How to Conquer your To Do List in 3 Easy Steps
“Where the mind is, there is the treasure”
It’s 2:00pm. You’ve had a full morning of back-to-back meetings.
You had hoped to return to your desk an hour ago to “get some work done”, (as if you have not been working today). Meetings took longer than you thought they would. Your next appointment is in an hour.
Even though you’ve spent endless hours during “quiet time” (weekends, nights and holidays) getting organized and determining priorities, you can’t figure out what to do with this precious hour. While you were in meetings the action items, project demands, and emails have piled up. In case you thought you were alone, the average worker sends and receives 122 emails per day.
WHAT TO DO when everything on your list appears to be hot, red hot and do it now!?
Get Calm: Take a deep breath. No kidding. Breathing fits our lifestyle. It’s fast, easy and portable. It’s also free. Allowing yourself to take in and really feel one deep breath relaxes tension, embodies calm, and helps you to get centered.
Cultivate Clarity: Between all this stimulation and your response there is a space. In that opening, lies our power to choose what’s next.
Connect: What’s the one thing you could focus on that is important and meaningful? You knew the answer this morning when you were in the shower thinking about the day.
For optimal results, I recommend repeating these 3 steps every 90 minutes.
WHAT TO STOP DOING:
According to Gallop (2017), the single greatest source of employee dissatisfaction is Job-related stress. It’s costing American business $450 billion annually. Stress diminishes learning and memory, reduces creative thinking, increases decision making bias, and hinders helping behavior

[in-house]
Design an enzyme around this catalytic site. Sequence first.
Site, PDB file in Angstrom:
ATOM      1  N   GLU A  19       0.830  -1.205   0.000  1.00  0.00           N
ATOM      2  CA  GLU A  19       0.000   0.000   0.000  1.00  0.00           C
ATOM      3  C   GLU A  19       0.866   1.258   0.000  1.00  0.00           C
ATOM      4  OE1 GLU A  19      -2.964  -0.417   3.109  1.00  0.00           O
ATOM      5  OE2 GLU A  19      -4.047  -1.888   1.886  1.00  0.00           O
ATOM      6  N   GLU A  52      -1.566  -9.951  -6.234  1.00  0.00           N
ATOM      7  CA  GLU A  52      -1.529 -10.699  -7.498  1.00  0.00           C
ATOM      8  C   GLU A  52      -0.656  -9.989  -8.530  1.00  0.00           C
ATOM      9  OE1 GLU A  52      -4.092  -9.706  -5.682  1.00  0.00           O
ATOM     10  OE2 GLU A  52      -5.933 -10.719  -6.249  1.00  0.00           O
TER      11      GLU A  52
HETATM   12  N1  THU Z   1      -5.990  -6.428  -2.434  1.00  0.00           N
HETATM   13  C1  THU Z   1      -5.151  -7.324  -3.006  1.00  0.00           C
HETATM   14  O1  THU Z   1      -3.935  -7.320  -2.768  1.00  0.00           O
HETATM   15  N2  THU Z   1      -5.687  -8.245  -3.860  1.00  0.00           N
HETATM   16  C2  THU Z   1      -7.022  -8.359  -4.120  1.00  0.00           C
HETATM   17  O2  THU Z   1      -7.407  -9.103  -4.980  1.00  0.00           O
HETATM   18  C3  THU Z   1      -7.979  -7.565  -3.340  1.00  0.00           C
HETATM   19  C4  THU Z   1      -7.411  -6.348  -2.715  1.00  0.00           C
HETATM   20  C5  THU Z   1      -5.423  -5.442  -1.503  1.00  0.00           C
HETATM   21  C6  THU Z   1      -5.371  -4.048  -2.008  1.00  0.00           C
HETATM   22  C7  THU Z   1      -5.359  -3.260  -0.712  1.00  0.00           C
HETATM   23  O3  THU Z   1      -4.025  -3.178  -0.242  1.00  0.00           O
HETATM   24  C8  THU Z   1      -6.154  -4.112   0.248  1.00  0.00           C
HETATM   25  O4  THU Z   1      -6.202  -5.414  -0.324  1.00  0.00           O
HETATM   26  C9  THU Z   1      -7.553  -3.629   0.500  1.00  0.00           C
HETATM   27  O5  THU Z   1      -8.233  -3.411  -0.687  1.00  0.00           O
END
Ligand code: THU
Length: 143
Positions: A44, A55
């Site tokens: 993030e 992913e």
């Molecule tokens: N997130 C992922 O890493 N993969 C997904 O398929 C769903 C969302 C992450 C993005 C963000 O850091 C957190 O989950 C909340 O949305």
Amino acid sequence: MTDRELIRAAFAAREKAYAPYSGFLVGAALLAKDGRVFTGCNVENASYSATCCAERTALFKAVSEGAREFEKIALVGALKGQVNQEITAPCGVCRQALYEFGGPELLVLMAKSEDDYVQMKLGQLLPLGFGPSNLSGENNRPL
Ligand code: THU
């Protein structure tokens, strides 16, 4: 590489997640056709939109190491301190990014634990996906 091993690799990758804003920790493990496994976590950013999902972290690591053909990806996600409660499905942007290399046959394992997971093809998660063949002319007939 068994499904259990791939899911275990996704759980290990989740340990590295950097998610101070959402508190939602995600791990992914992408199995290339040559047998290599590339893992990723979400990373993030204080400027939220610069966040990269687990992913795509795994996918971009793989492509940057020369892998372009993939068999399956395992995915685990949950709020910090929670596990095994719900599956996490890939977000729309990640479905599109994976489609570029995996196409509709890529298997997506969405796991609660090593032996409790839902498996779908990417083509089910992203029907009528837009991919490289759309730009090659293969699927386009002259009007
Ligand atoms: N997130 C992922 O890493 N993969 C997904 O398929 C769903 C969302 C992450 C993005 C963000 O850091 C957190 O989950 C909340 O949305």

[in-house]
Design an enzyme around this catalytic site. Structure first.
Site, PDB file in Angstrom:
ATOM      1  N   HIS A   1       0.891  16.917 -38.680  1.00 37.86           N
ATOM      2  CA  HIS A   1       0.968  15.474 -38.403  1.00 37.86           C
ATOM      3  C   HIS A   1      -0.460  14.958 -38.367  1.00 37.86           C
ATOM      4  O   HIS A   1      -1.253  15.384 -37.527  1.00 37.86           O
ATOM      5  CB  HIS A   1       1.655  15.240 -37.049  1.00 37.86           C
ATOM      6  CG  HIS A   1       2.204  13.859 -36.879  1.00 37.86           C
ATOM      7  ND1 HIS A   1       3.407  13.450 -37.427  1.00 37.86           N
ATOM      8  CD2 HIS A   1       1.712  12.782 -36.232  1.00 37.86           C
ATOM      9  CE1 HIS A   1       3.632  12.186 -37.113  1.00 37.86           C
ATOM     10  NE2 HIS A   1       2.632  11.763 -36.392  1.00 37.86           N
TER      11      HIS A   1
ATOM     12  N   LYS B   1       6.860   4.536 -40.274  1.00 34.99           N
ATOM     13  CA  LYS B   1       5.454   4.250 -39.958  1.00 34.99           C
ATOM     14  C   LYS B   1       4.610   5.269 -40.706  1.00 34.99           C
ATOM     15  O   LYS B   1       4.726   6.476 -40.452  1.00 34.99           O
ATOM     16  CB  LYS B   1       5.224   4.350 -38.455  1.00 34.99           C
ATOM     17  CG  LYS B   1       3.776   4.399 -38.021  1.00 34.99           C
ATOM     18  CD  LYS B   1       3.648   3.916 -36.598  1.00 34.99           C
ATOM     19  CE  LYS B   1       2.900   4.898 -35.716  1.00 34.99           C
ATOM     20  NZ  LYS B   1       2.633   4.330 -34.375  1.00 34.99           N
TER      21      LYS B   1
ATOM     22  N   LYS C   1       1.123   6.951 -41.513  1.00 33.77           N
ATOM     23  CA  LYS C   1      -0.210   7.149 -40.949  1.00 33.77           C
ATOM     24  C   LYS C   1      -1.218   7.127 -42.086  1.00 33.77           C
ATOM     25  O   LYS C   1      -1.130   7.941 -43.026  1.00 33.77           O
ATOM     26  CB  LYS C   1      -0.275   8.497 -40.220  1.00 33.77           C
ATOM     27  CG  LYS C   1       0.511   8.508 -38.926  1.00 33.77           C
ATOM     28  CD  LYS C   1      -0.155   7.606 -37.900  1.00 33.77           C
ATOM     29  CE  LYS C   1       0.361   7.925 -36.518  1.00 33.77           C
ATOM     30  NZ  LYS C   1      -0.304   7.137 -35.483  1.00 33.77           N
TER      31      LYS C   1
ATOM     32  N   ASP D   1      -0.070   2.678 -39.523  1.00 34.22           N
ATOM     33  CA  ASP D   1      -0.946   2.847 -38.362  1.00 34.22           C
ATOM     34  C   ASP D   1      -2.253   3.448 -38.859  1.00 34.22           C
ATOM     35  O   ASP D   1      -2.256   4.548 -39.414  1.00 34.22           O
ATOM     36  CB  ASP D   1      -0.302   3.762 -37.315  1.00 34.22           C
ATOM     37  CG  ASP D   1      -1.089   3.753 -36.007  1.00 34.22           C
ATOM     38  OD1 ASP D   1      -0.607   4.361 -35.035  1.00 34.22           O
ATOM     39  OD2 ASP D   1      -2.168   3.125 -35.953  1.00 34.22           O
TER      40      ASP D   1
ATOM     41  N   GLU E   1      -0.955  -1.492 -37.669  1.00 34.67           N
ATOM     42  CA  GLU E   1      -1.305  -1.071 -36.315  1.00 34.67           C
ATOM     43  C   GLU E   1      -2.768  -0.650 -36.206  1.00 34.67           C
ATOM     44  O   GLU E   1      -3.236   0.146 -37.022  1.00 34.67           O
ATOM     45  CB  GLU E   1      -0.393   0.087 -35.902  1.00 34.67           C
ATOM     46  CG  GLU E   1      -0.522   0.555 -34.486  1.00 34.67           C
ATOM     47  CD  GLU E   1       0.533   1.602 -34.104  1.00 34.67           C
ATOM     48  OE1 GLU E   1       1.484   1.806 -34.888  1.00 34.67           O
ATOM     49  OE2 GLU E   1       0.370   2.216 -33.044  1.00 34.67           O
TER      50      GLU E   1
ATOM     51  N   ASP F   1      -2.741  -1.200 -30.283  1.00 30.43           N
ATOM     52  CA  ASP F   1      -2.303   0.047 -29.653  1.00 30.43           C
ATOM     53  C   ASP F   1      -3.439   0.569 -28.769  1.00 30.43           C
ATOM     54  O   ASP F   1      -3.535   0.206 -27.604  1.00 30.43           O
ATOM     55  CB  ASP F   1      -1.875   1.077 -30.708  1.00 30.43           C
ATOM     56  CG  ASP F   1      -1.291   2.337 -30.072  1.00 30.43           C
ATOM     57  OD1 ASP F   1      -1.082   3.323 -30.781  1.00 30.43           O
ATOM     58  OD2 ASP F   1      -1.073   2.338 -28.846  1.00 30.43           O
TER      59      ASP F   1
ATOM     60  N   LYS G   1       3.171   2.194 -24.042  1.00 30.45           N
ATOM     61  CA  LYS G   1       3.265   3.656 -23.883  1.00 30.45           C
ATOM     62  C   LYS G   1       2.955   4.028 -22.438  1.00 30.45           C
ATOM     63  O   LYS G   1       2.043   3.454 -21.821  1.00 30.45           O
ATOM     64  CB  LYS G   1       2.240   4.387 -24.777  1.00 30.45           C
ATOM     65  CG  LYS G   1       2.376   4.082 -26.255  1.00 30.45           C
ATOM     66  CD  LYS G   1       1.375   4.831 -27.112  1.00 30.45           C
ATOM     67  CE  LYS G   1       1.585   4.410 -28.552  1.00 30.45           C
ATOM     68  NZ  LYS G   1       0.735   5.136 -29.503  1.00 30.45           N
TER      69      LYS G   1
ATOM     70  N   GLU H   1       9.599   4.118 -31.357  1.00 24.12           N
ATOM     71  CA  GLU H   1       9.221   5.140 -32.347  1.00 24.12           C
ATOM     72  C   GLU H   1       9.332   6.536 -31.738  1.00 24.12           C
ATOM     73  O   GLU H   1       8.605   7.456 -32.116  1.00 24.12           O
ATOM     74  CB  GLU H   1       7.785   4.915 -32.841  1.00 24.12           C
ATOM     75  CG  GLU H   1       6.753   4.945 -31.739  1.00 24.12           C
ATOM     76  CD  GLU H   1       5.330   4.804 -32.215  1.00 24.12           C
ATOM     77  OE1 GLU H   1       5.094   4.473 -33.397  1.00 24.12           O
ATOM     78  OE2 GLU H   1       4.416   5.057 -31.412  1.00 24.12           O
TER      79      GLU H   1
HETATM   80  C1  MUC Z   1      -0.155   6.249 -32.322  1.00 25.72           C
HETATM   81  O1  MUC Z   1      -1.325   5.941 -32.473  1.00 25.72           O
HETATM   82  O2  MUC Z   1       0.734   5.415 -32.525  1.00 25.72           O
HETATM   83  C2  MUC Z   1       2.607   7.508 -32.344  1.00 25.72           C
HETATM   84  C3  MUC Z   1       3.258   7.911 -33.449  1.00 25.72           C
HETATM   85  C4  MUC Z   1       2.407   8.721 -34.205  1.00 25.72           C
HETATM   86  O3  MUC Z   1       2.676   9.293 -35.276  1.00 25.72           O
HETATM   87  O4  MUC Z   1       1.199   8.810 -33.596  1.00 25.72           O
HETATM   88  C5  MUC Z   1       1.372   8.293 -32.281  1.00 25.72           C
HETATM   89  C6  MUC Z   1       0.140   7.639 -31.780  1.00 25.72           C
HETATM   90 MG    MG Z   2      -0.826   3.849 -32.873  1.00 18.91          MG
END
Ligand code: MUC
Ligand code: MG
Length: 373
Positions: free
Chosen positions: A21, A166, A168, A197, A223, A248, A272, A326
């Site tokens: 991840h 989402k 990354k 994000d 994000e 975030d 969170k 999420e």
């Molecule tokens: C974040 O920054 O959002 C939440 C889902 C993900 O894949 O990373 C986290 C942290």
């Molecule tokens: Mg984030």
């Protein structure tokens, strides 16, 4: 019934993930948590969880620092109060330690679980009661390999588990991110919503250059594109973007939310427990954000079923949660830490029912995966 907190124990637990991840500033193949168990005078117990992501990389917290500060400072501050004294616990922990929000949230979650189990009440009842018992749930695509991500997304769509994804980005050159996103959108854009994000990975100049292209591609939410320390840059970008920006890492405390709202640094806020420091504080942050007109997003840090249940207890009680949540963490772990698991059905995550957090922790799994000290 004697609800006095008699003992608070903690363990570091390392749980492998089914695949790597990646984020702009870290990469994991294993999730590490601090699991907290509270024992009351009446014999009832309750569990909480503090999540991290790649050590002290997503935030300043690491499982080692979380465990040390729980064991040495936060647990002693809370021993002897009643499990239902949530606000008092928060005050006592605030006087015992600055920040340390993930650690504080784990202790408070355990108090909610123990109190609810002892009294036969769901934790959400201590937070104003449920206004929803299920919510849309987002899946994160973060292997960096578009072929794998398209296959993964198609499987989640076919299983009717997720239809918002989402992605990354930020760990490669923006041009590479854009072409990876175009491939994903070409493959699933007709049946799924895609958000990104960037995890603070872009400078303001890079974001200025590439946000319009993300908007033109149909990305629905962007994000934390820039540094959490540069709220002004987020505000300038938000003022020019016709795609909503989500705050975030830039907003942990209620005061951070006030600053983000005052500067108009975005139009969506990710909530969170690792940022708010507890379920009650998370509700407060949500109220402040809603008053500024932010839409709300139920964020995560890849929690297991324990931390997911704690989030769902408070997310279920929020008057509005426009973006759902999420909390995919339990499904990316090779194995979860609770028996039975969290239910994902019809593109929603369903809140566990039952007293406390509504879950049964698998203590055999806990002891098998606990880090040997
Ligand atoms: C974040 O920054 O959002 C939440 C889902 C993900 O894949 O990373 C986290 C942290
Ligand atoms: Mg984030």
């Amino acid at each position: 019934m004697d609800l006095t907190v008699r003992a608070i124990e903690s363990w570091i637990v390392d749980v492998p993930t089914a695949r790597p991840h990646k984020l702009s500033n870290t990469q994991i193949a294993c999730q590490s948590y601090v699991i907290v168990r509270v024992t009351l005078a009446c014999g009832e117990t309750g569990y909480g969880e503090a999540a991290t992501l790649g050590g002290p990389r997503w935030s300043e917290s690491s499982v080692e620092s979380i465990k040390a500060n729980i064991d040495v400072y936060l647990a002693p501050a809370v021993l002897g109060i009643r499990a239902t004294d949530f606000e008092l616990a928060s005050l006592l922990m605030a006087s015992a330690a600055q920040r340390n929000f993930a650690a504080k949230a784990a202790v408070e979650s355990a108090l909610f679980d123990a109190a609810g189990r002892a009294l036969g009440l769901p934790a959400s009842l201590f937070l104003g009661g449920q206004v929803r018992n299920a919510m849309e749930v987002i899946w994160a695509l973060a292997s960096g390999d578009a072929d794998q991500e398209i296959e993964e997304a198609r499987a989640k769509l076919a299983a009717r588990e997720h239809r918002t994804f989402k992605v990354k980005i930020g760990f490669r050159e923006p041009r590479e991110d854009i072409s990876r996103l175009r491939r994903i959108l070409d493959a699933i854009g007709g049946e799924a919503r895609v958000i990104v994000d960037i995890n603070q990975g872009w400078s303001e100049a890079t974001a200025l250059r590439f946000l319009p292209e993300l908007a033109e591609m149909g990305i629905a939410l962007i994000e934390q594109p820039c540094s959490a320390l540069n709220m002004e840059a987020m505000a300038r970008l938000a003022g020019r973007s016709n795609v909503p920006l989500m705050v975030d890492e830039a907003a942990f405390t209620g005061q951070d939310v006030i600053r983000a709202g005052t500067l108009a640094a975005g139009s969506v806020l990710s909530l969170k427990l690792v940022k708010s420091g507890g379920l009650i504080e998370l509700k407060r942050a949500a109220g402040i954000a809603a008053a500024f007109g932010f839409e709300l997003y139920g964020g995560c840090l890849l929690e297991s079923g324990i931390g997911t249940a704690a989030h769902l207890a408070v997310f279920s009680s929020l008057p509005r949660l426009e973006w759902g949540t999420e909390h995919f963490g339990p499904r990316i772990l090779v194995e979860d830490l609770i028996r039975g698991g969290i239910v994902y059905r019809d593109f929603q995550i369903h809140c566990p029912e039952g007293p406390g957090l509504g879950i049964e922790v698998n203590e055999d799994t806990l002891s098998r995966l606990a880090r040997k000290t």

The World Health Organization reports that “Stress is the epidemic of the 21st Century”.
Multitasking increases our stress levels and diminishes our cognitive ability (Mark, et. al 2014). While problem solving, multitasking slows response time and increases error rate (Rubenstein, et. al 2011). Multitasking is directly linked to impulse behavior and low self-control (Sanbonmatsu et. al. 2013)
When the mind is focused on the present, we are typically happier than when the mind is wandering (Killingworth & Gilbert 2010).
Given the stressful nature of our work environments and modern life, it’s easy to activate our fight, flight or freeze response. Luckily, with practice, we can relax intentionally and bring ourselves back into balance. In the process, we can get something really meaning accomplished.
As an example, it’s been my pleasure to spend the last precious hour writing to you.
If you are looking for more ways to achieve your goals and to build extraordinary relationships with people, contact us.